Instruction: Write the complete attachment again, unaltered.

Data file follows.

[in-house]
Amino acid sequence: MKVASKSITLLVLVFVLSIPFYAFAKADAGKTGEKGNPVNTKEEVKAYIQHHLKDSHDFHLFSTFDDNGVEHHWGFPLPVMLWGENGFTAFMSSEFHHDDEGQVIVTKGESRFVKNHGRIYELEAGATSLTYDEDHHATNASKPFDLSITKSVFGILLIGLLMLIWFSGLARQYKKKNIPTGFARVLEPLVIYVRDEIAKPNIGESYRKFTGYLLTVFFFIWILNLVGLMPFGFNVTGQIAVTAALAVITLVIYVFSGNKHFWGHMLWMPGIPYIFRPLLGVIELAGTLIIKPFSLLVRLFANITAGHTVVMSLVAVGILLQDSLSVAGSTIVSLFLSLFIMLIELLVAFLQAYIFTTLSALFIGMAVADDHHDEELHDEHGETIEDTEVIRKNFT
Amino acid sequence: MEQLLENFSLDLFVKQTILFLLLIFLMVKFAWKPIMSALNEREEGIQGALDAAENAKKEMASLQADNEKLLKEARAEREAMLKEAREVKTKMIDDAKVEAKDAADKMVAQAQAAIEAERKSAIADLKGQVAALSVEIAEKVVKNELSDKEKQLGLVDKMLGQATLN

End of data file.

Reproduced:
[in-house]
Amino acid sequence: MKVASKSITLLVLVFVLSIPFYAFAKADAGKTGEKGNPVNTKEEVKAYIQHHLKDSHDFHLFSTFDDNGVEHHWGFPLPVMLWGENGFTAFMSSEFHHDDEGQVIVTKGESRFVKNHGRIYELEAGATSLTYDEDHHATNASKPFDLSITKSVFGILLIGLLMLIWFSGLARQYKKKNIPTGFARVLEPLVIYVRDEIAKPNIGESYRKFTGYLLTVFFFIWILNLVGLMPFGFNVTGQIAVTAALAVITLVIYVFSGNKHFWGHMLWMPGIPYIFRPLLGVIELAGTLIIKPFSLLVRLFANITAGHTVVMSLVAVGILLQDSLSVAGSTIVSLFLSLFIMLIELLVAFLQAYIFTTLSALFIGMAVADDHHDEELHDEHGETIEDTEVIRKNFT
Amino acid sequence: MEQLLENFSLDLFVKQTILFLLLIFLMVKFAWKPIMSALNEREEGIQGALDAAENAKKEMASLQADNEKLLKEARAEREAMLKEAREVKTKMIDDAKVEAKDAADKMVAQAQAAIEAERKSAIADLKGQVAALSVEIAEKVVKNELSDKEKQLGLVDKMLGQATLN